The Boston Red Sox have managed to exceed expectations for much of the 2022 season and hang around in the American League wild card race for far longer than expected. Yet with the calendar flipping to September (Boston doesn't play on Thursday), it's looking like they are unofficially dead in the water when it comes to trying to find a way into the postseason.

With a 69-65 record, the Sox currently sit 6.5 games out of the final AL wild card spot, and given the strength of the teams ahead of them, it seems very unlikely that they will be able to make up that deficit over the final month of the season. Boston has lost five of their past six games, and their schedule doesn't really get any easier over the next few weeks.

It's not mathematically impossible just yet, but it soon will be, and maybe that's for the better for the Red Sox and their future. Making it into the playoffs would have given the front office a false sense of belief that they had actually done something right this year. But if they do indeed end up missing out on the playoffs, it should only add to their urgency to make some big moves this upcoming offseason.

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Why missing the playoffs would help the Red Sox

In retrospect, the Red Sox ended up having a decent offseason last year. It certainly didn't look good at the time, but thanks to Masataka Yoshida, Justin Turner, and Kenley Jansen all exceeding expectations, the Red Sox have remained relevant for much of the summer. But it's clear heading into this upcoming offseason that a similar strategy will not lead Boston back to the playoffs.

The Red Sox lack of star power all season long has been particularly glaring. Aside from Rafael Devers, there's no one on this team who can single-handedly will Boston to victories. Sure, when they are all playing well, this team looks unstoppable, but when a couple pieces of the puzzle are missing, the results get a lot less pleasant to look at.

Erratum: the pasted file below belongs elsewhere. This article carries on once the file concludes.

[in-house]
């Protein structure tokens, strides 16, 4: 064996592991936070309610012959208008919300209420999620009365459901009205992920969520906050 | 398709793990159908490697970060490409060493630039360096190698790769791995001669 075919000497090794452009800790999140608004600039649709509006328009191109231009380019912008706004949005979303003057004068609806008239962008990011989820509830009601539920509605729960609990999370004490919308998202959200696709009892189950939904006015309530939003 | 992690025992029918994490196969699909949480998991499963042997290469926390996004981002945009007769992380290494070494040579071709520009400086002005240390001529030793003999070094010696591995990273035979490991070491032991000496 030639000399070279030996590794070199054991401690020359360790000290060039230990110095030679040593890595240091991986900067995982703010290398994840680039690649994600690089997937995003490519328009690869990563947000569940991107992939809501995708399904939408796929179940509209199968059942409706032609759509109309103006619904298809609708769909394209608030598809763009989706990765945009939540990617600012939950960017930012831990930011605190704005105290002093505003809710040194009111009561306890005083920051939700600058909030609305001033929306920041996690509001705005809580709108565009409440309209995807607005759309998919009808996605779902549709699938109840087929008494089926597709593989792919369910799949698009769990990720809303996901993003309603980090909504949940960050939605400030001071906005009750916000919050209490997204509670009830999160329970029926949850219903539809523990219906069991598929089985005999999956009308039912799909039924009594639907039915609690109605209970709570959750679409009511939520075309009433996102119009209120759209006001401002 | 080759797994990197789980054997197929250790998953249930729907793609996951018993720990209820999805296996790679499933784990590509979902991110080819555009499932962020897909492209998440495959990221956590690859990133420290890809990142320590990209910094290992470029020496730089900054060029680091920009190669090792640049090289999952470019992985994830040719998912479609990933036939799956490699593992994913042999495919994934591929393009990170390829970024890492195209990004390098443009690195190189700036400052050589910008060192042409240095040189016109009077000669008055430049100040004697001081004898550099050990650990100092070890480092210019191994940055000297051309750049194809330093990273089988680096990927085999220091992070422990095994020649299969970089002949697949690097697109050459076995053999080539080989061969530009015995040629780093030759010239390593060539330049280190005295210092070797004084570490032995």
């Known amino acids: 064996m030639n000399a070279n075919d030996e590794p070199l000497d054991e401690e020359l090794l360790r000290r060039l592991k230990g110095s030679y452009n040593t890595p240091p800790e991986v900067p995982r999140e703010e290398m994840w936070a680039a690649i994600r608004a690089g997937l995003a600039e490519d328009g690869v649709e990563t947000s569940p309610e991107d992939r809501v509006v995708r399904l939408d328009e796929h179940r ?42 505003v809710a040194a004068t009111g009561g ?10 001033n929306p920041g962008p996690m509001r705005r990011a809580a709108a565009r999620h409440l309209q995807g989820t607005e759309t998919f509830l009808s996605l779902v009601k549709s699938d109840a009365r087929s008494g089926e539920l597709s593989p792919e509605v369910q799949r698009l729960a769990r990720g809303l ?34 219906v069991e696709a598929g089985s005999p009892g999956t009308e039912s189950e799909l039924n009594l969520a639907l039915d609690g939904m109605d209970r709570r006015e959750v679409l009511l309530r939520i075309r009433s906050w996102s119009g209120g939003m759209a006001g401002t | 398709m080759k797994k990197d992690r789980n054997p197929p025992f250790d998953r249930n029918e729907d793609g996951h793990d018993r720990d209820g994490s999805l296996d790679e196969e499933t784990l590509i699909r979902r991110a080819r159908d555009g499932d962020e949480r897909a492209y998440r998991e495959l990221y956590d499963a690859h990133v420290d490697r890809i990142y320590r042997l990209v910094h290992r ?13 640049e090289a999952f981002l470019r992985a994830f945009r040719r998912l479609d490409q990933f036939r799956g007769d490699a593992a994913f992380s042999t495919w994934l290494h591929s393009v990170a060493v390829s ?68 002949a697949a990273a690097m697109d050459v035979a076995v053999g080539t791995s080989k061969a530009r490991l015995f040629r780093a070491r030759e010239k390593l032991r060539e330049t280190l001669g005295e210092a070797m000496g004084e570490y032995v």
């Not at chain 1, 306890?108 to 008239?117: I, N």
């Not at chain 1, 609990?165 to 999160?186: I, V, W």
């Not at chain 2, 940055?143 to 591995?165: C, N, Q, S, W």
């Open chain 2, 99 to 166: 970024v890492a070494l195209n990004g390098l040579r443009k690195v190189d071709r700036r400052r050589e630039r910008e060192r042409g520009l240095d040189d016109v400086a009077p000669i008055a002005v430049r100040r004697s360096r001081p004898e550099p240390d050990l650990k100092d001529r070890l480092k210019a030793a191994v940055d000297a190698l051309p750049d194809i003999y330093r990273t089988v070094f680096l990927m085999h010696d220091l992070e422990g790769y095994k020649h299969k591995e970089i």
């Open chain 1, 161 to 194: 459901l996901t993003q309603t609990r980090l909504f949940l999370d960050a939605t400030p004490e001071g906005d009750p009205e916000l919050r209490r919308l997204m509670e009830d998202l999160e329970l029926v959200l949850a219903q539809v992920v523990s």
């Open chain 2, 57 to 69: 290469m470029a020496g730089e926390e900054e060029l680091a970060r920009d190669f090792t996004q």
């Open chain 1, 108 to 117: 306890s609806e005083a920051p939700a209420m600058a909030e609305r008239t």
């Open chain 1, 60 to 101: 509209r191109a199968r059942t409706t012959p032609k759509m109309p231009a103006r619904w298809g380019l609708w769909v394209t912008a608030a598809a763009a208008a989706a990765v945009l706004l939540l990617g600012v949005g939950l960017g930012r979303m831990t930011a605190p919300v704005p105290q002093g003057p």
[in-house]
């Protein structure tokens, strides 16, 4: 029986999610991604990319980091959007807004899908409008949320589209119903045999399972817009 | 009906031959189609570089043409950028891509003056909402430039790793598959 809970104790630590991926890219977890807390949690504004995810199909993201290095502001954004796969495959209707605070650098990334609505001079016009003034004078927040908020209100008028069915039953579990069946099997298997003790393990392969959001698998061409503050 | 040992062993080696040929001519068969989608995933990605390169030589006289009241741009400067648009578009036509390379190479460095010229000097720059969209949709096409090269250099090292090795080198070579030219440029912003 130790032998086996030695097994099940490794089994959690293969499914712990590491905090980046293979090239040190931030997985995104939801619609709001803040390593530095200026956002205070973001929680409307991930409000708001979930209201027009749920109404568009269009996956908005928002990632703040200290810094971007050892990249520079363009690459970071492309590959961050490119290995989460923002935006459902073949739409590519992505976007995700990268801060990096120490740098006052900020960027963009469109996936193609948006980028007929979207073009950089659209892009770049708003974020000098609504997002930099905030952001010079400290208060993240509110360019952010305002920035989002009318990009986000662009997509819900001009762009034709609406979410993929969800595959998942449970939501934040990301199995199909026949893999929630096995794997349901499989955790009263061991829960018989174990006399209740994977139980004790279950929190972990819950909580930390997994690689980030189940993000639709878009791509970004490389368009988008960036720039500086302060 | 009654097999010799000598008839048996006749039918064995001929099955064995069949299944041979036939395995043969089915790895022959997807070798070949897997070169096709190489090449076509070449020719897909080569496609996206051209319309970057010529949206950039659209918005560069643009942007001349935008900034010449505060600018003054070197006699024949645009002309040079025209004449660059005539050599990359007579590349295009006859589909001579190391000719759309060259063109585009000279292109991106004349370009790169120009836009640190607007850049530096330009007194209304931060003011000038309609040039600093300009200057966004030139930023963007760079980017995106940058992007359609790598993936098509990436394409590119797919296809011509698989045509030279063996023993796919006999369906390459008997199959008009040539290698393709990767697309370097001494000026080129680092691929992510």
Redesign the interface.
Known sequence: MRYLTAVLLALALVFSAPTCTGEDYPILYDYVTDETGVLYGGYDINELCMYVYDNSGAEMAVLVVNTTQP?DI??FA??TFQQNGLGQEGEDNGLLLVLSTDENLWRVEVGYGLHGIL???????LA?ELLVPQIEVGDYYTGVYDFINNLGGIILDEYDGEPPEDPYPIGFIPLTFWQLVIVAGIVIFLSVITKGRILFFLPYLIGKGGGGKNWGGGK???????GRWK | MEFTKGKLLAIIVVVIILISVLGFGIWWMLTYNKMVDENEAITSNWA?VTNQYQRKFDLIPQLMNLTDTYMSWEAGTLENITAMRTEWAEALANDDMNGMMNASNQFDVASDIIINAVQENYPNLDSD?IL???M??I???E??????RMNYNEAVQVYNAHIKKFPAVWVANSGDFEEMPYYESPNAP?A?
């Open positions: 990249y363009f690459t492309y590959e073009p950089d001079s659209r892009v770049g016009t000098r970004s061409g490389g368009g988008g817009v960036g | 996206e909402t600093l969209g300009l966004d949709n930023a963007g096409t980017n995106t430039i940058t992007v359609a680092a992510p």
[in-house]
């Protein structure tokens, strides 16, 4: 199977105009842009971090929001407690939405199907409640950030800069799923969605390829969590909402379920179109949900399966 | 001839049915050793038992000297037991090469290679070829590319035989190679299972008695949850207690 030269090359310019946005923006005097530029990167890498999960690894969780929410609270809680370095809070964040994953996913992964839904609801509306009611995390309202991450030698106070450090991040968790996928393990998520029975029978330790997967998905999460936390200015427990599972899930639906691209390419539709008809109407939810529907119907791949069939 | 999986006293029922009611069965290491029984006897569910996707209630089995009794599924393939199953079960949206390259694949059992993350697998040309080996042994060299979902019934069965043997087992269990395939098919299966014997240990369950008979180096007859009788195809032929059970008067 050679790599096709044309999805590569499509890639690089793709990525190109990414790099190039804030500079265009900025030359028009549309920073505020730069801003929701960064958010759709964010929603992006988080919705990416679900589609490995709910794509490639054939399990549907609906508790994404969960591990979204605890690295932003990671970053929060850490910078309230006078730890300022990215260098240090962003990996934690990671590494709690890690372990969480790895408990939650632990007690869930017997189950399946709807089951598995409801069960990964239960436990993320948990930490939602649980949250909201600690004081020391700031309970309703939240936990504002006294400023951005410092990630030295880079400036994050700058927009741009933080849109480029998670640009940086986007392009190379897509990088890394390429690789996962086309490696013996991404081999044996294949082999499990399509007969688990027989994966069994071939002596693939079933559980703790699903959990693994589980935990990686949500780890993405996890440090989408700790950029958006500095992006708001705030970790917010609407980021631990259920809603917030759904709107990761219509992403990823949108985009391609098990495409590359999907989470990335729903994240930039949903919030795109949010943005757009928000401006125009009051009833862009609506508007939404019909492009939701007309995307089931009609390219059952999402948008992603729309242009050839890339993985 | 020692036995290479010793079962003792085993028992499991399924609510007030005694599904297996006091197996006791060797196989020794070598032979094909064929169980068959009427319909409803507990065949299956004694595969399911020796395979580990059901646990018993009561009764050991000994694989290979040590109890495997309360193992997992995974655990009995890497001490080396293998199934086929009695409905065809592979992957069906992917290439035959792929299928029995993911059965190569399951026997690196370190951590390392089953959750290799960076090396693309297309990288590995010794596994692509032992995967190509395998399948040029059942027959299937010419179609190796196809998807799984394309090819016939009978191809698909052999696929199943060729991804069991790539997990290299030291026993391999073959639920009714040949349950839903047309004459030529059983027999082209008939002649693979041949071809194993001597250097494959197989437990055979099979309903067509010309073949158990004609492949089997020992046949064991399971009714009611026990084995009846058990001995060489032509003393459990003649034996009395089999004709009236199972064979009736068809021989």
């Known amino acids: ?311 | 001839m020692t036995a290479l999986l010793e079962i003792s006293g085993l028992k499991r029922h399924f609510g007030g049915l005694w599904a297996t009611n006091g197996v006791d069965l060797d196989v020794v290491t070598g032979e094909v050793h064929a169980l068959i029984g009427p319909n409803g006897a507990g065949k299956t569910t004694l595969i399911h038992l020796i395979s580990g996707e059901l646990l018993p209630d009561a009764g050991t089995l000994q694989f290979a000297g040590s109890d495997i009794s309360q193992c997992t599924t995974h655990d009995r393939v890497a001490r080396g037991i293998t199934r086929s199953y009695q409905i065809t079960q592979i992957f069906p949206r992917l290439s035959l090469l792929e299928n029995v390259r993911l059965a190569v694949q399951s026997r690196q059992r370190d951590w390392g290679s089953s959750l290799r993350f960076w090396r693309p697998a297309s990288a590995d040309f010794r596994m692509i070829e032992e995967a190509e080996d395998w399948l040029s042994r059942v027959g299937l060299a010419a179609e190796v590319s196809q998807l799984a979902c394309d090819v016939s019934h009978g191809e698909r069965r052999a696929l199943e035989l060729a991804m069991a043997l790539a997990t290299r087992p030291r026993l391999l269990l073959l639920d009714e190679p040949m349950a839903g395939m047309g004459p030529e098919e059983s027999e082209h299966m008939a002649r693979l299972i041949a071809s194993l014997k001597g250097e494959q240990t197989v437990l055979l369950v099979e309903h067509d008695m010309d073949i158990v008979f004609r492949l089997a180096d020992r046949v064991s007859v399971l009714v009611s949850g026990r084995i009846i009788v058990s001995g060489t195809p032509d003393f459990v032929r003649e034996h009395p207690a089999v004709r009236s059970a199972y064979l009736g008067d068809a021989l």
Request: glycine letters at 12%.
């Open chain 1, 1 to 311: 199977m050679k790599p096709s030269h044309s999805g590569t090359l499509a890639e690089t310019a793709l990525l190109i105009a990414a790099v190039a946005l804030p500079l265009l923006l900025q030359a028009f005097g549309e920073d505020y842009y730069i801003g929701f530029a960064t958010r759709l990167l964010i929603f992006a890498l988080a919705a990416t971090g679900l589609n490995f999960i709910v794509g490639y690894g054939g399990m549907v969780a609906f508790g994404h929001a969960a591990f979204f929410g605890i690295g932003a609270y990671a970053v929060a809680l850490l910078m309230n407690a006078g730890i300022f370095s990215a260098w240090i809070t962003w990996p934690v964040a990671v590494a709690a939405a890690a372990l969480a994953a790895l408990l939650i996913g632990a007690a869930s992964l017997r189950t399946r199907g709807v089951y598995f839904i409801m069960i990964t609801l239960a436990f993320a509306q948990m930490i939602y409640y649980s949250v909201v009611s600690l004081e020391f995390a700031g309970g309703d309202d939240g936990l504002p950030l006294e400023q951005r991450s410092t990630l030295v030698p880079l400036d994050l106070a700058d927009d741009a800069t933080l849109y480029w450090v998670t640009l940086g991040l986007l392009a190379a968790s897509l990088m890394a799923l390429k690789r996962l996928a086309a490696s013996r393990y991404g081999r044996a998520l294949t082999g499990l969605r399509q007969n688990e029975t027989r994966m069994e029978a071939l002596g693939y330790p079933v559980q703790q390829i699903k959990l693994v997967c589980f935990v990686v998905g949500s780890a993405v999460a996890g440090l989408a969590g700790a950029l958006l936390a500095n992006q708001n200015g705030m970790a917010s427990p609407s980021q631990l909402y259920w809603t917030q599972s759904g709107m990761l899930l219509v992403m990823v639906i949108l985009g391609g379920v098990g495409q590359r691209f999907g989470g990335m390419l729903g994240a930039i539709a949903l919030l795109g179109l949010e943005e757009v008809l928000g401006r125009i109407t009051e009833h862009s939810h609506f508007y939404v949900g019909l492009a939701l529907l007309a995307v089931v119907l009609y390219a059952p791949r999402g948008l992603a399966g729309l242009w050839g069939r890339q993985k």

We've seen that frequently over Boston's last six games. After dropping 17 runs on the Astros to split a four-game series with them, the Sox dropped two of their three games against the Los Angeles Dodgers in which their lineup generally struggled, and their pitching staff couldn't prevent runs from the scoring. The same theme held true when they were swept in another meeting with the Astros over the past three games.

Boston sure does win and lose as a group, but sometimes star players have to deliver to lead their team to victory. Chris Sale and Trevor Story are being billed as guys who can step up alongside Devers, but Sale has a 4.75 ERA on the season and Story has a paltry .194 batting average with just one home run over his first 18 games of the season since coming back from the injured list.

If one thing has become painstakingly clear this season, it's that this team needs more big-name players. For as much as Chaim Bloom likes to hunt for bargains in free agency and on the trade market, landing legit stars is the key to making World Series runs nowadays. Story was supposedly that guy when he was signed before the 2022 season, but he was really only added after Bloom missed out on every other big name free agent available, and so far, he has been a complete waste of money.

Devers has been locked up on a long-term deal, which gives Boston a sense of direction for the future. He is going to be the leader of the Red Sox next great team, with young studs in Brayan Bello, Triston Casas, and Jarren Duran working alongside him. But these guys aren't all going to be superstars; top-level talent needs to be added to the equation as well. It's the final piece.

Missing the playoffs should light a fire under the front office's chair. Making it into the playoffs for a meaningless run that would almost certainly result in a quick exit would only convince them that they had actually done something right. While Boston has been better than expected, that's not saying much considering they were widely expected to fail due to the front office's inability to add or retain top-tier players.

You can make a case that the Red Sox are one or two star players away from having a true World Series contender. They have a lot of depth, but they need to begin to turn that into something more than just fielding a team that can play above .500 baseball. Boston fans have not been happy with the state of the team for awhile, and after another season with postseason baseball, maybe the front office will wake up and begin to make the big moves that this team needs in order to be an actual competitor in the future.